Two Tips to Keep Your Car Running Well
For most people, their vehicles are their life’s blood. That is, without it, they wouldn’t be able to go to work, get their kids to and from school or other places, or even go to get food for the table. That’s why it is essential for people to take care of their vehicles. And for the most part, people do. They go in for an oil change every 3000 miles, they get their cars inspected every year. But what do they do when something unexpected happens? Here are two key tips on what to do when something happens to your car outside of the normal maintenance cycle.
You’re driving down the highway on your way to work or someplace fun. A tractor-trailer drives by, and you hear a sharp crack as something hits your windshield. As soon as you can, you inspect the damage, and sure enough, there’s a small chip in the glass. While it’s tempting to just ignore it, you really shouldn’t. That chip can rapidly expand into a crack, which can then lead to a host of other issues. For example, did you know that your windshield provides up to 45% of the structural integrity of your car when there’s a head-on collision? In a rollover event, that number climbs up to 60%. With a chip or crack in the windshield, that integrity plummets, leaving you and your loved ones open to much more severe injury. The windshield prevents the roof from caving in during a rollover and ensures that the airbags will deploy safely.
Not to mention, it’s much cheaper to fix it while it’s just a chip. A chip can be sealed and filled to restore the integrity of your windshield. When it turns into a crack, the windshield will have to be replaced. When you take your car to a licensed windshield repair shop – remember that this isn’t something you can just take to your regular mechanic – they can easily fix the chip. Additionally, ICBC makes sure that the chip repair is free. As a Van Isle client, you can be assured of quick reliable service that will ensure that your windshield maintains its structural integrity and keeps you safely on the road.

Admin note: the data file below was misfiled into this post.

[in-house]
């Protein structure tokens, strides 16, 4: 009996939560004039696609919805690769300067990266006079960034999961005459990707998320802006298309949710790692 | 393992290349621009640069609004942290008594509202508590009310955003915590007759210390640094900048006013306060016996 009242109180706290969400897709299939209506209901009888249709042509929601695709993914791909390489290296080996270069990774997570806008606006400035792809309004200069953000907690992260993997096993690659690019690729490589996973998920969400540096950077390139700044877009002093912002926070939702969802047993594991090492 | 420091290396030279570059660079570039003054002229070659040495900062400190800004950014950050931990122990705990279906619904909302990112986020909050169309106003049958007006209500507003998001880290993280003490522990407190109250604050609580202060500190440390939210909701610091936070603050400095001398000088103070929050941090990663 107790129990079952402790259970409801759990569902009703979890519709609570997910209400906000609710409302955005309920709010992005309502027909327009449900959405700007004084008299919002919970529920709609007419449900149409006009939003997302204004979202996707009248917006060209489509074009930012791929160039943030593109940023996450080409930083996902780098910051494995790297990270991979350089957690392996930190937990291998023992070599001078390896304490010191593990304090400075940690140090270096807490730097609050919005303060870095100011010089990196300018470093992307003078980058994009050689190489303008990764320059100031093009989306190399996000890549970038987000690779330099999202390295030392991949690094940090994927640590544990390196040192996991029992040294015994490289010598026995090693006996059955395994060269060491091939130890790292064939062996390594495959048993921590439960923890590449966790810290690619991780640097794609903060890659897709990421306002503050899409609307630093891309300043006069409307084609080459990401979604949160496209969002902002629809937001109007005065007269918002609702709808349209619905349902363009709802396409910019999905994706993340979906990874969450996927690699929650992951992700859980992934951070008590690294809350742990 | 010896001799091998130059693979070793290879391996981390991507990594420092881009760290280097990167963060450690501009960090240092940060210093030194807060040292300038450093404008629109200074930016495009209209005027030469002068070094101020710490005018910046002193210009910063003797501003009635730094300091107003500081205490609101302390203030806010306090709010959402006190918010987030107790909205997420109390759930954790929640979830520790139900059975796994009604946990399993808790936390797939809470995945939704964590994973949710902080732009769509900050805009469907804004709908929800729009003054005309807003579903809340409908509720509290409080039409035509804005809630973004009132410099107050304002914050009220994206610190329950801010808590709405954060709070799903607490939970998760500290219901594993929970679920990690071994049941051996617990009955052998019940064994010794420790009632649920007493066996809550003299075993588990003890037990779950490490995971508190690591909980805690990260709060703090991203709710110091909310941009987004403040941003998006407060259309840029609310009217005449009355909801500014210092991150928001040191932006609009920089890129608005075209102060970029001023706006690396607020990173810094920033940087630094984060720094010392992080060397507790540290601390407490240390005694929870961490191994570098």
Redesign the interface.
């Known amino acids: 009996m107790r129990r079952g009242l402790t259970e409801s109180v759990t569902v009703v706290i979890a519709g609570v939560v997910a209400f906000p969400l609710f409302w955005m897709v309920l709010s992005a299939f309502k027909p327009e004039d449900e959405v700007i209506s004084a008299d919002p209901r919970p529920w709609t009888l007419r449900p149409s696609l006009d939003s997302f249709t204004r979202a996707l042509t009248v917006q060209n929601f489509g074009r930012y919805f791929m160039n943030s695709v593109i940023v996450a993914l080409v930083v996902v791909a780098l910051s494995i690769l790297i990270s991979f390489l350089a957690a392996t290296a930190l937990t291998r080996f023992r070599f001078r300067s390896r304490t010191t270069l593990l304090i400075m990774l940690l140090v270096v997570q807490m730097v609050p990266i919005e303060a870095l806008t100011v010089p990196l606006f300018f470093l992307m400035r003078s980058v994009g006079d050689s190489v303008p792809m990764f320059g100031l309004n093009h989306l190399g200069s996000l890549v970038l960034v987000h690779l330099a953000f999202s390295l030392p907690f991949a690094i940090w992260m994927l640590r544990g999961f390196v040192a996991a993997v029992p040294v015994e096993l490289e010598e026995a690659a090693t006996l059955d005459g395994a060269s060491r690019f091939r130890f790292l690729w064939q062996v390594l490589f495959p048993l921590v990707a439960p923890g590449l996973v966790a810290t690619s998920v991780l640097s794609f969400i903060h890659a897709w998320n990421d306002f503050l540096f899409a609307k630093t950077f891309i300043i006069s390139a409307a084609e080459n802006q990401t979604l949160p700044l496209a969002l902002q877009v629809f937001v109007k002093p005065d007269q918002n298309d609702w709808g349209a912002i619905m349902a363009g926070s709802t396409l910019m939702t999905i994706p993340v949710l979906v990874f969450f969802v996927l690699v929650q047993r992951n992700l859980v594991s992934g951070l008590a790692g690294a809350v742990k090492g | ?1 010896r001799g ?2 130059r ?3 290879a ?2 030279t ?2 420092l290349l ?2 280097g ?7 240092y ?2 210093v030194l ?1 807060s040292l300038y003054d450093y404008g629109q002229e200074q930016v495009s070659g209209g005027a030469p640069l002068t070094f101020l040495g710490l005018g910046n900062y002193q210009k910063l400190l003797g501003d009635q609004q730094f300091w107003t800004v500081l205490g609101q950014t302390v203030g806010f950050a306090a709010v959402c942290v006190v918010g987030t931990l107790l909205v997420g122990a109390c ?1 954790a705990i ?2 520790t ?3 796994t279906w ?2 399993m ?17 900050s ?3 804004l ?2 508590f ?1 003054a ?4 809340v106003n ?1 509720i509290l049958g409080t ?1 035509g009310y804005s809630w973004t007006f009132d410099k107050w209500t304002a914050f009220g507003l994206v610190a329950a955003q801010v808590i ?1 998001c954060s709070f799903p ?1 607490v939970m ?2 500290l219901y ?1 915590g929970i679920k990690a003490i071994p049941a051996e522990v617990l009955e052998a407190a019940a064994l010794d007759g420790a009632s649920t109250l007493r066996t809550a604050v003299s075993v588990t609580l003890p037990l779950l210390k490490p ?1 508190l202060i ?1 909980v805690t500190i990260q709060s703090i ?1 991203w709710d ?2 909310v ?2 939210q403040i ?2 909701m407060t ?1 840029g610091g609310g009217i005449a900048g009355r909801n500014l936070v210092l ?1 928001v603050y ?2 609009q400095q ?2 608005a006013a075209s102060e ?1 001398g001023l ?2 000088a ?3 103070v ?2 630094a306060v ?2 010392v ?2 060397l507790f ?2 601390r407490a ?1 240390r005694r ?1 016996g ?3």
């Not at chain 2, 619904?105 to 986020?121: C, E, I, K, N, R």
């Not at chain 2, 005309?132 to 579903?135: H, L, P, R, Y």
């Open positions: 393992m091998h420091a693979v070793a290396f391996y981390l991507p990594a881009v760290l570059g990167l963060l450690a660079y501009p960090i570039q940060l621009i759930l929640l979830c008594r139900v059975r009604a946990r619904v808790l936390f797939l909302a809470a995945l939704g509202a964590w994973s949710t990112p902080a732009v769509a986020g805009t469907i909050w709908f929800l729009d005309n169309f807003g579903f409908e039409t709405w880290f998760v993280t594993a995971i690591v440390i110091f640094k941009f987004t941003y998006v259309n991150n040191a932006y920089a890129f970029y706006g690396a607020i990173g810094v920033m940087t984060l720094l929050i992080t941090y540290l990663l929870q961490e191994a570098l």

Check Engine Light
That dreaded check engine light sometimes comes on when we least expect it to. You don’t know why it happened. You’re up to date on the maintenance of your car, because you know how important it is. When you see that little glowing orange light, don’t put off finding out what it means. If your car was manufactured in 1996 or later, you have an onboard diagnostic port (OBD) that allows you to find out what is wrong quickly. You can get an OBD scanner that plugs into your car, or you can stop by a mechanic or an auto supply shop for help. Most are happy to plug their scanners in and give you the code that pops up.
Once you have the code, you can find out what that means very easily. There are several websites that are devoted to OBD-II codes. You simply put in your vehicle’s make and model and the year it was made, along with the code that you got. The website will then tell you specifically what is wrong with your car. For instance, if you have a 2007 Honda Accord with an OBD-II code of P0401, you will find out that there is an “EGR Insufficient Flow Detected.” Essentially, your car’s exhaust isn’t recycling properly and you probably have a clogged Exhaust Gas Recirculation (EGR) port. Once you know what the problem is, you can find out what needs to be done to repair it. Knowledge is power, after all.